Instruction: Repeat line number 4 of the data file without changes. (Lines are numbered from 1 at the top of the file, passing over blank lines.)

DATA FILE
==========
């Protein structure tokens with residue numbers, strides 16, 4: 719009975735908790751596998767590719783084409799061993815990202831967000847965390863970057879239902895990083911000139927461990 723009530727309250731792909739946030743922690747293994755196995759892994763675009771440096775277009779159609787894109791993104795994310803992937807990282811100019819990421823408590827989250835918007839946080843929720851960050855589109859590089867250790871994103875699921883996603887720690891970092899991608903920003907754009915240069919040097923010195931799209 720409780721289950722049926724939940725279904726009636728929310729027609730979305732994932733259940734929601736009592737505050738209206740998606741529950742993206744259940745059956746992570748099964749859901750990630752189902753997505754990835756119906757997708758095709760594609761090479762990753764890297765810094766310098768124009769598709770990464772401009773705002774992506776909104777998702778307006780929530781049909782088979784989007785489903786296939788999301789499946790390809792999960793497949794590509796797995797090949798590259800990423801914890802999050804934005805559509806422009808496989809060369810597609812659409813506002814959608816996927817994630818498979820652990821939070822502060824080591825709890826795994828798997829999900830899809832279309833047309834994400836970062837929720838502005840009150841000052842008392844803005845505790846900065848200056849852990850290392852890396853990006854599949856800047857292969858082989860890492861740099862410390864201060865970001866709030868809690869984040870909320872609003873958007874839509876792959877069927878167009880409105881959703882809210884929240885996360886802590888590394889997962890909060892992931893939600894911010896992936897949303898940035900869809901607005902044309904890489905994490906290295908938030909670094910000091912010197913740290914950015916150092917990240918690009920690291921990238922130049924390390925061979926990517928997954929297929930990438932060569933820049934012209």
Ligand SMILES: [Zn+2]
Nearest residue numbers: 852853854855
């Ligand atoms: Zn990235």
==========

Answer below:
């Ligand atoms: Zn990235």